By Margaret Jackson | Sep 25, 2015
Park City, Utah
Banana based products
Park City, Utah
After graduating from college, Wintzer travelled to Kenya in 2008 and 2009 distributing microloans to women entrepreneurs through the Utah-based nonprofit Youthlinc.
One of those businesses was a banana flour factory, WEDO's original supplier. Today, the company imports the flour from Ecuador.
"We had to find already-established suppliers," Wintzer said. "We didn't have the money to buy the machinery, pay the wages or pay the rent -- that's what the women needed."
Wintzer and longtime friend and business partner Todd Francis spent the first three years traveling to meet suppliers and learn about quality control. In 2014, they launched a Kickstarter campaign, raising $36,000 to fund WEDO.
"I have zero business experience," said Wintzer, who previously has worked at restaurants, bars and golf courses while attending Westminster College, where he graduated with a degree in international business.
WEDO is the first company to import banana flour to the United States. The flour is made with unripe, green bananas to create a low-sugar product with a bran-like taste, rather than a banana flavor. It can be used for all cooking and baking, as a thickener for soups and sauces or in smoothies.
Banana flour is a "resistant starch," which resists breaking down into sugars and keeps you full longer and burns more fat. Resistant starch also may help prevent colon cancer by sweeping the colon and eliminating toxins from the body.
Currently, WEDO is not organic, but the company is working with its suppliers to develop an organic product. WEDO banana flour is natural, gluten free, GMO free, soy and nut free and vegan. It packs 9 percent of the recommended daily nutrition of potassium, 8 percent carbohydrates and 8 percent dietary fiber.
WEDO banana flour can be found at King Soopers and numerous independent natural grocers. Next month, the shelves at Sprouts, Kroger, and Associated Foods will be stocked with flour, and it's also available on the company's website, which provides recipes for everything from donuts and pancakes to zucchini fritters and meatballs.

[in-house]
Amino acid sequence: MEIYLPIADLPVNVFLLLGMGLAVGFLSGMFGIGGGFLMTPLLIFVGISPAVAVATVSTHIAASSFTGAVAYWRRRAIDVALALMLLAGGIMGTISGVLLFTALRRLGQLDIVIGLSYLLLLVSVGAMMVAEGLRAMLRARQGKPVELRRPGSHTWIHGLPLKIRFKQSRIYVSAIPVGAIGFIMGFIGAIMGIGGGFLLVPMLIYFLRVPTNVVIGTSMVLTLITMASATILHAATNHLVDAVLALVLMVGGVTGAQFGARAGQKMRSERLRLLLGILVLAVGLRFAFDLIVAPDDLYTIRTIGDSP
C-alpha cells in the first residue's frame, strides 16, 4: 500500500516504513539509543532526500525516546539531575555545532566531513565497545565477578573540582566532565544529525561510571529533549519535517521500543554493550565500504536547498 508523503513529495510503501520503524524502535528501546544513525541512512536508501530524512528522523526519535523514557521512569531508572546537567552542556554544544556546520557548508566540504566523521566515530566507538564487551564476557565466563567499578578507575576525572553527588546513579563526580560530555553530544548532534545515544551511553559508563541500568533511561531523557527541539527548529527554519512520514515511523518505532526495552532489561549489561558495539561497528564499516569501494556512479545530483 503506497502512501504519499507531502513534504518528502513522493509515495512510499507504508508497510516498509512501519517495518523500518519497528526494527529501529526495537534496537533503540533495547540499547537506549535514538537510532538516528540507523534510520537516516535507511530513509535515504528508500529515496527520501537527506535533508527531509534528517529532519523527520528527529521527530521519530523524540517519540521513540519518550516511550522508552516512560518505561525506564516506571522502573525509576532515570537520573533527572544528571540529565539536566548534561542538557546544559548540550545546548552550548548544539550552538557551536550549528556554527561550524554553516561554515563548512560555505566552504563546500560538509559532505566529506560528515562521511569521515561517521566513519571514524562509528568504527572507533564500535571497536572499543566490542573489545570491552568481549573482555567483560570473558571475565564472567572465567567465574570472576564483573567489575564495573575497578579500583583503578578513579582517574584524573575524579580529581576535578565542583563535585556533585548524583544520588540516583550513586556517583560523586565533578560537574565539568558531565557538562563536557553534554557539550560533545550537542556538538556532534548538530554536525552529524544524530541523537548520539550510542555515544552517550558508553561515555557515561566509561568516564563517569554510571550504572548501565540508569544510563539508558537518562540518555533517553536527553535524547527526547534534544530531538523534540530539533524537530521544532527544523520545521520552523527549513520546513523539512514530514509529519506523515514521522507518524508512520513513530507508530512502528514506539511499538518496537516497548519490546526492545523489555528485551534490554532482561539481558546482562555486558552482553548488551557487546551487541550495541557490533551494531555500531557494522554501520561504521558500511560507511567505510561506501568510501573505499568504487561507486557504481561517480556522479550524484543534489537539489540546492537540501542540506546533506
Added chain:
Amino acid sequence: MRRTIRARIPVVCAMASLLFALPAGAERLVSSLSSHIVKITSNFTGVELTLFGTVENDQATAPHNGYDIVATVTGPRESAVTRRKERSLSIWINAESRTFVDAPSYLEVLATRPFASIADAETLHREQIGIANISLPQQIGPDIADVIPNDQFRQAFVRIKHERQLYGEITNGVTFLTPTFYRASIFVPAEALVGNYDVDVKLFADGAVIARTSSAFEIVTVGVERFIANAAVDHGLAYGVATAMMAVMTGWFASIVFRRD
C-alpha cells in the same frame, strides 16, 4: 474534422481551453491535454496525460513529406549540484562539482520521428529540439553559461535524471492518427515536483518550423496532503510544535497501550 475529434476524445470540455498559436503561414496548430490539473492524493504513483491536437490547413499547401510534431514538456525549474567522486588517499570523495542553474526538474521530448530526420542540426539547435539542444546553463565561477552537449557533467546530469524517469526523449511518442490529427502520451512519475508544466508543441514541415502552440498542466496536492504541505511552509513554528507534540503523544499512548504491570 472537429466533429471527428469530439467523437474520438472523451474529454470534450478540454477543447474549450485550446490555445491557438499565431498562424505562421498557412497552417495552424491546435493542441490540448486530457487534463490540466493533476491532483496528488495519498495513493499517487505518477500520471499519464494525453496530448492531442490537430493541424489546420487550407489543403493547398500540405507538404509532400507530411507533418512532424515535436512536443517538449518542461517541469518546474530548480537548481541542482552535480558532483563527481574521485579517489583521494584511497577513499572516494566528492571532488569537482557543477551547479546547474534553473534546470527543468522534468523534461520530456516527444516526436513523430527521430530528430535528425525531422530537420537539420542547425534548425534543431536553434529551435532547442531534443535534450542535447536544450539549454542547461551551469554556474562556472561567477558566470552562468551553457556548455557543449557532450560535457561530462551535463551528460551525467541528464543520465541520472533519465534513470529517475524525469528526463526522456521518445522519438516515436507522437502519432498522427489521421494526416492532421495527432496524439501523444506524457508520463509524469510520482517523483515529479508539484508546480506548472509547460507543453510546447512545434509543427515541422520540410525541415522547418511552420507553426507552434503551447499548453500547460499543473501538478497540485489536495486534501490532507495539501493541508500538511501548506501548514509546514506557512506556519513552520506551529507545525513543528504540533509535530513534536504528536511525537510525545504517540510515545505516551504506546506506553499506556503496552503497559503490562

The company also is socially motivated and is dedicated to feeding the hungry. Through its BUY ONE-Feed ONE program, every purchase of a WEDO Gluten Free product provides a meal for one hungry child through the World Food Program USA. The company also provides economic opportunities for small-scale farmers by purchasing bananas that have slight blemishes or odd shapes -- about a third of each crop -- to make the flour.
Challenges: Educating people not only about the health benefits of banana flour, but also the advantages of cooking with the product is one of the biggest challenges facing WEDO. "It's high in starch, so it reacts really well," Wintzer said. "You use 30 percent less banana flour than you do regular flour."
Opportunities: Banana flour's versatility is the biggest opportunity for WEDO. "When we started this business, we didn't realize the true capability of it," Wintzer said. "We were just making a gluten-free alternative. Now we have customers packaging these products in dog treats. We're experimenting with livestock -- it really helps with digestion and the coat of the animal. Now we're also starting to market it as a supplement."
Needs: WEDO's biggest challenge -- consumer awareness -- also is its biggest need. "There are so many diehard gluten-free people and paleo people who have never heard of it," Wintzer said. "It's a constant battle for us to get the word out there."